A San Mateo County resident has tested positive for the Zika virus, county officials announced Friday.
The resident became infected with the virus while traveling abroad and has since fully recovered, county officials said.
Because the resident did not become infected in the U.S., county officials stressed there is no risk of residents contracting the virus.
County health officer Dr. Scott Morrow said in a statement:
“There is no reason for the general public to become concerned that they are at risk for getting Zika in San Mateo County at this time.”
The Zika virus is transmitted primarily by two species of mosquitoes, Aedes aegypti and Aedes albopictus. The mosquitoes are mostly found in tropical countries, including American Samoa, Brazil, Colombia, Costa Rica, Curacao, El Salvador, French Guiana, Guatemala, Haiti, Honduras, Martinique, Mexico, Nicaragua, Panama, Paraguay, Surinam, Venezuela and Puerto Rico, according to county officials.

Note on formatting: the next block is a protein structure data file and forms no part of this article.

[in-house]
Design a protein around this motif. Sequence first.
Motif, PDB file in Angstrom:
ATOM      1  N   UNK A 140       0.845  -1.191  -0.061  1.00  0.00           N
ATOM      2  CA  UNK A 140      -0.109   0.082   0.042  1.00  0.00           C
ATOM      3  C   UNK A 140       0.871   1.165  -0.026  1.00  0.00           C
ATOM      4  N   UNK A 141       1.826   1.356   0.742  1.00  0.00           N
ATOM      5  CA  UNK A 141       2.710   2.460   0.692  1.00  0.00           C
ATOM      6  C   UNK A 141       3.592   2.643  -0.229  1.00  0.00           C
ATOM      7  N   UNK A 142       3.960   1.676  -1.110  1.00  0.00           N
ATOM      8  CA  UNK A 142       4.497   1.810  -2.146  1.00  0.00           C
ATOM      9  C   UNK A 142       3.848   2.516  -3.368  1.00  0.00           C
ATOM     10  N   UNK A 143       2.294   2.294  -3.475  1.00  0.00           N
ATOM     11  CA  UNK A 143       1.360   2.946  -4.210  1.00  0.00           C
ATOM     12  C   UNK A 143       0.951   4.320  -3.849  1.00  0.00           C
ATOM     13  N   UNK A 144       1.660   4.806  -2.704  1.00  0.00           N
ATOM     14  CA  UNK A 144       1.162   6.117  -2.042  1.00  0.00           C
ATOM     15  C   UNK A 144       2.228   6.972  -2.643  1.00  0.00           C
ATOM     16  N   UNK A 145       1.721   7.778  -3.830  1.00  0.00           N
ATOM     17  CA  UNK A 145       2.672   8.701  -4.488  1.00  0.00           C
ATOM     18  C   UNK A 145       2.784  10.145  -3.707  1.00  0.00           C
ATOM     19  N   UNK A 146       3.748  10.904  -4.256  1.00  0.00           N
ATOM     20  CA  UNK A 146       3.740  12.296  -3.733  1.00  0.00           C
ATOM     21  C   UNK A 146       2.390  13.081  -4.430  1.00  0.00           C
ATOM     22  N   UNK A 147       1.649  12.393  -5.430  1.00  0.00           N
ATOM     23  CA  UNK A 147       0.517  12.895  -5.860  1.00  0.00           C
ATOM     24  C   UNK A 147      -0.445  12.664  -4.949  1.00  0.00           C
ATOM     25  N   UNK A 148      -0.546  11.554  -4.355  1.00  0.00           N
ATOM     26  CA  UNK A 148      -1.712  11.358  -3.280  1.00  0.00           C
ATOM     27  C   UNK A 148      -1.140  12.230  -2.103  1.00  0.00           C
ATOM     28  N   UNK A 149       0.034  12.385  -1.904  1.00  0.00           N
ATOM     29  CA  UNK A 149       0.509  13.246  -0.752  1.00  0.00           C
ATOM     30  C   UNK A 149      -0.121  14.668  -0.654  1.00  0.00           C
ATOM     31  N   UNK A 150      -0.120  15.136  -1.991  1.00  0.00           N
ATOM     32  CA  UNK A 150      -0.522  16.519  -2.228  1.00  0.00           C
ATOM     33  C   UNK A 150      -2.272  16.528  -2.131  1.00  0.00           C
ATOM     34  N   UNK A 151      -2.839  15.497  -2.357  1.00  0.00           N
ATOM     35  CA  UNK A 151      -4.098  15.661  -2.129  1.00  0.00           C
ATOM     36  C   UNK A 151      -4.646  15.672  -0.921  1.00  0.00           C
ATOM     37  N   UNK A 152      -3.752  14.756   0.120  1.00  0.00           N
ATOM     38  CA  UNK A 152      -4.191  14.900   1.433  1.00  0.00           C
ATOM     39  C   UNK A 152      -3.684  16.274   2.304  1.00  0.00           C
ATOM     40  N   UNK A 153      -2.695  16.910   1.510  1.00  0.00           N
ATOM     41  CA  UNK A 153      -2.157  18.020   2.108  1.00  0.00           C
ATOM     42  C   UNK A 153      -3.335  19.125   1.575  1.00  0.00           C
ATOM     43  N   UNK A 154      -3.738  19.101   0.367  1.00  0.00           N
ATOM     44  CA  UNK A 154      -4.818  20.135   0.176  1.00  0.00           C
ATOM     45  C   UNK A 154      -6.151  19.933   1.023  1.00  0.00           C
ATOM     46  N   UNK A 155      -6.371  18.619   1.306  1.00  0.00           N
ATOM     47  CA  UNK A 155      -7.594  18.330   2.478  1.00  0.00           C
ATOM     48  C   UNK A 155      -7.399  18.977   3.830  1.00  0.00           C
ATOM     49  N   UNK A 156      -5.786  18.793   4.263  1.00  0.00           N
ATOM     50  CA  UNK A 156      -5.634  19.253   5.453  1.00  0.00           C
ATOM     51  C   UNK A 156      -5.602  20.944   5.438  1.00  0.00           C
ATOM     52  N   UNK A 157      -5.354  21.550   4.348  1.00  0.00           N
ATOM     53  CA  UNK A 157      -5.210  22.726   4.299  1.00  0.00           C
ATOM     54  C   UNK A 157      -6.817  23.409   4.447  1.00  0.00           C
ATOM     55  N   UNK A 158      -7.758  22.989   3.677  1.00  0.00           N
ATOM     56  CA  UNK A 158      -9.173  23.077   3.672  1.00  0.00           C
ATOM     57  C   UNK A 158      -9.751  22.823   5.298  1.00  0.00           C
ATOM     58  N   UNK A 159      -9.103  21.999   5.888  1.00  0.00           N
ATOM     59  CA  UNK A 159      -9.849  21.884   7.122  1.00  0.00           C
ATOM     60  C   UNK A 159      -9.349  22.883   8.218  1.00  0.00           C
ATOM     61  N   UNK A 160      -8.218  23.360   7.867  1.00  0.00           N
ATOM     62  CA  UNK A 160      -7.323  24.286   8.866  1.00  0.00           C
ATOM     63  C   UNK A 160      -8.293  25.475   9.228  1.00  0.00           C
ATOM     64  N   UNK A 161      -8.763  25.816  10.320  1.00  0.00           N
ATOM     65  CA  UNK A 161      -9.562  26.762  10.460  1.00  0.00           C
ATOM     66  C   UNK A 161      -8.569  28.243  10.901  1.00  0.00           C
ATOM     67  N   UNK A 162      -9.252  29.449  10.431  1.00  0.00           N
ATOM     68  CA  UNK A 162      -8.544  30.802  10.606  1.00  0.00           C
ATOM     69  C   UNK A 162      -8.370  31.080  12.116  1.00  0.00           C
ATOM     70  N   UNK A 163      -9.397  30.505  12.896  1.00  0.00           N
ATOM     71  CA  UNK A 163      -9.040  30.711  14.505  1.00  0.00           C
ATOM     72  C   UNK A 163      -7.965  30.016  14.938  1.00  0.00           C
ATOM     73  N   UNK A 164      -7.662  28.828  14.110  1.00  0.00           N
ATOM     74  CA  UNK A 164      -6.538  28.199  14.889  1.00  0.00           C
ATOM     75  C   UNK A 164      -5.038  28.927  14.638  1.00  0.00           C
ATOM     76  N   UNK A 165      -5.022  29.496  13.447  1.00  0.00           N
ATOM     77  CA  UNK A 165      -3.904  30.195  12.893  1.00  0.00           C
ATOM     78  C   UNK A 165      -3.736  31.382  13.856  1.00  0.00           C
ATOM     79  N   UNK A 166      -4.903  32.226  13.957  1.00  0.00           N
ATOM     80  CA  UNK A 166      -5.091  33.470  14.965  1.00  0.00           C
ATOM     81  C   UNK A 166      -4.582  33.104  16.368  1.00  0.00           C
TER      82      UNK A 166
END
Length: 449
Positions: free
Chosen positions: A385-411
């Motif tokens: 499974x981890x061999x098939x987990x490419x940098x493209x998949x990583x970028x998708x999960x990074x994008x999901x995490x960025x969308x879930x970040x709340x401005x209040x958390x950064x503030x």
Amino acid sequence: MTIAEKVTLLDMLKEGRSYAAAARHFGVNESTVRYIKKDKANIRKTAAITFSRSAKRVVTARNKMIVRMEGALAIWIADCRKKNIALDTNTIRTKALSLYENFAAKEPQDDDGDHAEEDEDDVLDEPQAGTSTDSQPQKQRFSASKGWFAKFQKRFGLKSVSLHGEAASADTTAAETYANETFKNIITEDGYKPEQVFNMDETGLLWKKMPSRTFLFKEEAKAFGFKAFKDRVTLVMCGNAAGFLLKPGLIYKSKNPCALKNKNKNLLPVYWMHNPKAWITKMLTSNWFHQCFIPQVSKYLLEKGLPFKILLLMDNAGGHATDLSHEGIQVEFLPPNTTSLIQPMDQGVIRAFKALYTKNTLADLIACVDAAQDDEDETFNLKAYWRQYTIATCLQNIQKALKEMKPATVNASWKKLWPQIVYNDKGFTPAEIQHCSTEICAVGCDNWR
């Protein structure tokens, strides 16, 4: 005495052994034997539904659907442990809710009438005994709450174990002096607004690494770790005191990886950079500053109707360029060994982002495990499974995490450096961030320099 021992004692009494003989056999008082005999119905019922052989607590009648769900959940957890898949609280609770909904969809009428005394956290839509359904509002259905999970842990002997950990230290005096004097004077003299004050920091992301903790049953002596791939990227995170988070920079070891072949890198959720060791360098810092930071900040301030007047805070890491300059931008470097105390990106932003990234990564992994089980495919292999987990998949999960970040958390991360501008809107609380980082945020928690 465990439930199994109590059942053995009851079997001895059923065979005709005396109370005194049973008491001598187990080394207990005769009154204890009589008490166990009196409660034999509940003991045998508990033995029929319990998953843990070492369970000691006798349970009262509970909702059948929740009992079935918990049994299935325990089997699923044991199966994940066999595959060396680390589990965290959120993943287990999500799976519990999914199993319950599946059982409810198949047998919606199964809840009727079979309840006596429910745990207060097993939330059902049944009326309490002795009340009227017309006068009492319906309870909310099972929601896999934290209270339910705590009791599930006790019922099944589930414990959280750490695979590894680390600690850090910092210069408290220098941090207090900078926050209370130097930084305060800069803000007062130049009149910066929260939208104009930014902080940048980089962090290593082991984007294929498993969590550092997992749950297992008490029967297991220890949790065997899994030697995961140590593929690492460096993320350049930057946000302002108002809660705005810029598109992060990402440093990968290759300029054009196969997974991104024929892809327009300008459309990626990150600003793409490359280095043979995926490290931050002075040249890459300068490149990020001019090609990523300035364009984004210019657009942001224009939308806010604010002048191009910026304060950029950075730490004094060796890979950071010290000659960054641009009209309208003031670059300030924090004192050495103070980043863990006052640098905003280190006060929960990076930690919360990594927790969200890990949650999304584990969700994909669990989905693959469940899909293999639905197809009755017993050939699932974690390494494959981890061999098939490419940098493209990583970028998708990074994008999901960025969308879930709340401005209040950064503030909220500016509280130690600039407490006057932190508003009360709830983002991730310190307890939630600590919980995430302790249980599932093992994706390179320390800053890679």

In May 2015, the San Mateo County Mosquito and Vector Control District found Aedes mosquito larvae in Menlo Park.
The district has since been attempting to eradicate the mosquitoes and has been successful, county officials said.
“Although there is no evidence in California of mosquitoes carrying Zika virus or of illnesses associated with the Aedes mosquito, people should always take steps to avoid mosquito bites.”
Steps include wearing insect repellant and removing standing water around homes and properties to keep mosquitoes from breeding, according to Morrow.